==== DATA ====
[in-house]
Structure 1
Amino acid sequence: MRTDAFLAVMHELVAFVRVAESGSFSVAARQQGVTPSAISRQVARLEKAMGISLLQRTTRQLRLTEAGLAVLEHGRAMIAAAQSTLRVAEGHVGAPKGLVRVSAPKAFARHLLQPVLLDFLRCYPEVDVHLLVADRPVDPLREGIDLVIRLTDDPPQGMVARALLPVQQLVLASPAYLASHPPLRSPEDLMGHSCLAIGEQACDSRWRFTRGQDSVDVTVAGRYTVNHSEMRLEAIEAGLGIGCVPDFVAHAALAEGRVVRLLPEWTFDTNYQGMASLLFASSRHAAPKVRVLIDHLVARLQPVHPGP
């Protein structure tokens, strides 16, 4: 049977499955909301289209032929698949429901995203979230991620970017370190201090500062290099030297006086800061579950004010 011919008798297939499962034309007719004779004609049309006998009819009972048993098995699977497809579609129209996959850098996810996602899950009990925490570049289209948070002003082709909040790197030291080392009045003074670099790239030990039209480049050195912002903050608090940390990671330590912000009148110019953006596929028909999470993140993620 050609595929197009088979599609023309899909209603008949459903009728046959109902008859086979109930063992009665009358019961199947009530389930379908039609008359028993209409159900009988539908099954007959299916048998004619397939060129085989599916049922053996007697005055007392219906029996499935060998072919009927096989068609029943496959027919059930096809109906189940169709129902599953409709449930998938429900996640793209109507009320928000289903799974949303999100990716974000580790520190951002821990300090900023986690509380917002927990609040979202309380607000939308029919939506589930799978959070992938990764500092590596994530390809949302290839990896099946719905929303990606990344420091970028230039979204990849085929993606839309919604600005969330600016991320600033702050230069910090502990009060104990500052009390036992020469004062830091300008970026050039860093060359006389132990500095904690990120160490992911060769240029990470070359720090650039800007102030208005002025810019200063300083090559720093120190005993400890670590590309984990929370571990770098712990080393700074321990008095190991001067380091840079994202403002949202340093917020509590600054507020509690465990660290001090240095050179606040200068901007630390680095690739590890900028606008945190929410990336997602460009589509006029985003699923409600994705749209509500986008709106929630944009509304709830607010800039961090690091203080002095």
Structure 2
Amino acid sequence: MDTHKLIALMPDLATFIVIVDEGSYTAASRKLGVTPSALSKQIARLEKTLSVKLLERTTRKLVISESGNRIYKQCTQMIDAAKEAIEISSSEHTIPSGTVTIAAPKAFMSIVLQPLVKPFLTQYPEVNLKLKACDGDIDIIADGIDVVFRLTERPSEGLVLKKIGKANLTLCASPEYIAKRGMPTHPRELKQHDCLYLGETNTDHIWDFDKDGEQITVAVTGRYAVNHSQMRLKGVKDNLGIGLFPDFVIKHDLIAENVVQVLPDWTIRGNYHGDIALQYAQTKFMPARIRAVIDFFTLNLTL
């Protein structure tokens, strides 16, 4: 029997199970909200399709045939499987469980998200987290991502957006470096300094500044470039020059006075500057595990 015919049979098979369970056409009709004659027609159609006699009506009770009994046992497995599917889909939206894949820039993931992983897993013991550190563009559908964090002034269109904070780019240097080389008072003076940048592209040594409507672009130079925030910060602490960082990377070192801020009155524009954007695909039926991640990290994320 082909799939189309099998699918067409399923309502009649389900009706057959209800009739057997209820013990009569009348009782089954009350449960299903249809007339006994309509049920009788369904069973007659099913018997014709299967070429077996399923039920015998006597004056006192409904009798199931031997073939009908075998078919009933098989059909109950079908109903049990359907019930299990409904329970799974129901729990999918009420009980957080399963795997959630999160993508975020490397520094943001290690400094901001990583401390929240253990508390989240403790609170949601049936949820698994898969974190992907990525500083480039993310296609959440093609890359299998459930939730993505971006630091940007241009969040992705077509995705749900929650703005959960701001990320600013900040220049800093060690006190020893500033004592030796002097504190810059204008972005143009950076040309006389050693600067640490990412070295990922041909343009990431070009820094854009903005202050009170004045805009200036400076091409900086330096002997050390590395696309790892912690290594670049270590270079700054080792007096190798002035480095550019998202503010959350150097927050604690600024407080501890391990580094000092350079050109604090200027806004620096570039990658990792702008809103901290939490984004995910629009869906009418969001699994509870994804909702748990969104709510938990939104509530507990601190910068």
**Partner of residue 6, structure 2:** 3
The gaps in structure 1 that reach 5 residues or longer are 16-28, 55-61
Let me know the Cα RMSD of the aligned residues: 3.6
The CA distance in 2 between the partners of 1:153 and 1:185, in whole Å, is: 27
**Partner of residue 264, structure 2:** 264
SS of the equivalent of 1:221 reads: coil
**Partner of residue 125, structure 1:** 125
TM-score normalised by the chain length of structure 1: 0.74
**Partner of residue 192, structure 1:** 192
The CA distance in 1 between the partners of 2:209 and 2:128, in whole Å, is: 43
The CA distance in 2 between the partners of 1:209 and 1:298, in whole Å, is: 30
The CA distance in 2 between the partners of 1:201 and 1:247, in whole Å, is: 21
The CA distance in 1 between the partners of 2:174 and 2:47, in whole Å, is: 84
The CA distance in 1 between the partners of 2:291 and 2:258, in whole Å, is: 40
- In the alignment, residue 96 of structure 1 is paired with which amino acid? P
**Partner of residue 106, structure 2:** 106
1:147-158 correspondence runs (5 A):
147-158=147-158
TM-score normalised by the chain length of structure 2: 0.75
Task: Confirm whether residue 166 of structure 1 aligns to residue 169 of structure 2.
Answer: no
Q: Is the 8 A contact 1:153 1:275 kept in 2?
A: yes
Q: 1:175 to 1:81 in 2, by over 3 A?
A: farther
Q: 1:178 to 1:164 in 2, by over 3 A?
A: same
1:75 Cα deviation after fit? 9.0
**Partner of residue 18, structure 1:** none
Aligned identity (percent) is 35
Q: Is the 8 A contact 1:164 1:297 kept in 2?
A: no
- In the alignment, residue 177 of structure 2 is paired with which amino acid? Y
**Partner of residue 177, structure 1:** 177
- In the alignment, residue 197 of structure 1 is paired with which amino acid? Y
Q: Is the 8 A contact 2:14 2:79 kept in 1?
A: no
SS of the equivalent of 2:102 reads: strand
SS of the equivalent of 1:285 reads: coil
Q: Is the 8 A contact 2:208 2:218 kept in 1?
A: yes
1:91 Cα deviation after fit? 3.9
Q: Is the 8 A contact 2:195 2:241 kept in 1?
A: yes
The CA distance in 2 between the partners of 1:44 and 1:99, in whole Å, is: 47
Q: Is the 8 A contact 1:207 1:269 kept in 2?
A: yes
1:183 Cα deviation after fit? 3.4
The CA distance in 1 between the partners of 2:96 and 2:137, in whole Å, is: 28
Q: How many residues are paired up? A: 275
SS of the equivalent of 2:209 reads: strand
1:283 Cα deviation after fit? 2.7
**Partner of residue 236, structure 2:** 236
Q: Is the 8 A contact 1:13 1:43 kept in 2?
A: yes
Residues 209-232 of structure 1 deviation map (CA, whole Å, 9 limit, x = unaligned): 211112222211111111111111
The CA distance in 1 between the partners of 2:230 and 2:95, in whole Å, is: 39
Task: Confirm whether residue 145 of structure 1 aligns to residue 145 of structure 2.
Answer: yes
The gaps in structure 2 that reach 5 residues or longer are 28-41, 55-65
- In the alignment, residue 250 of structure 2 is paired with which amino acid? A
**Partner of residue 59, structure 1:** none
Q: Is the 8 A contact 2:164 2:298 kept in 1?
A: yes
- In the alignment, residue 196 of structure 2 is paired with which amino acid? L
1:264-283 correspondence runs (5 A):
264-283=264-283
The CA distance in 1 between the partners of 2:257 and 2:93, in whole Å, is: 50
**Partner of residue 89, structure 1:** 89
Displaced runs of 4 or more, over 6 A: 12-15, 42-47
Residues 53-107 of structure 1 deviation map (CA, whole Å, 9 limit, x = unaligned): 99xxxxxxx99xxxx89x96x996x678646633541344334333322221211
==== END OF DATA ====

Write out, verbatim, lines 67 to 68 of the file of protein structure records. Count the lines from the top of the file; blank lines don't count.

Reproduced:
The gaps in structure 2 that reach 5 residues or longer are 28-41, 55-65
- In the alignment, residue 250 of structure 2 is paired with which amino acid? A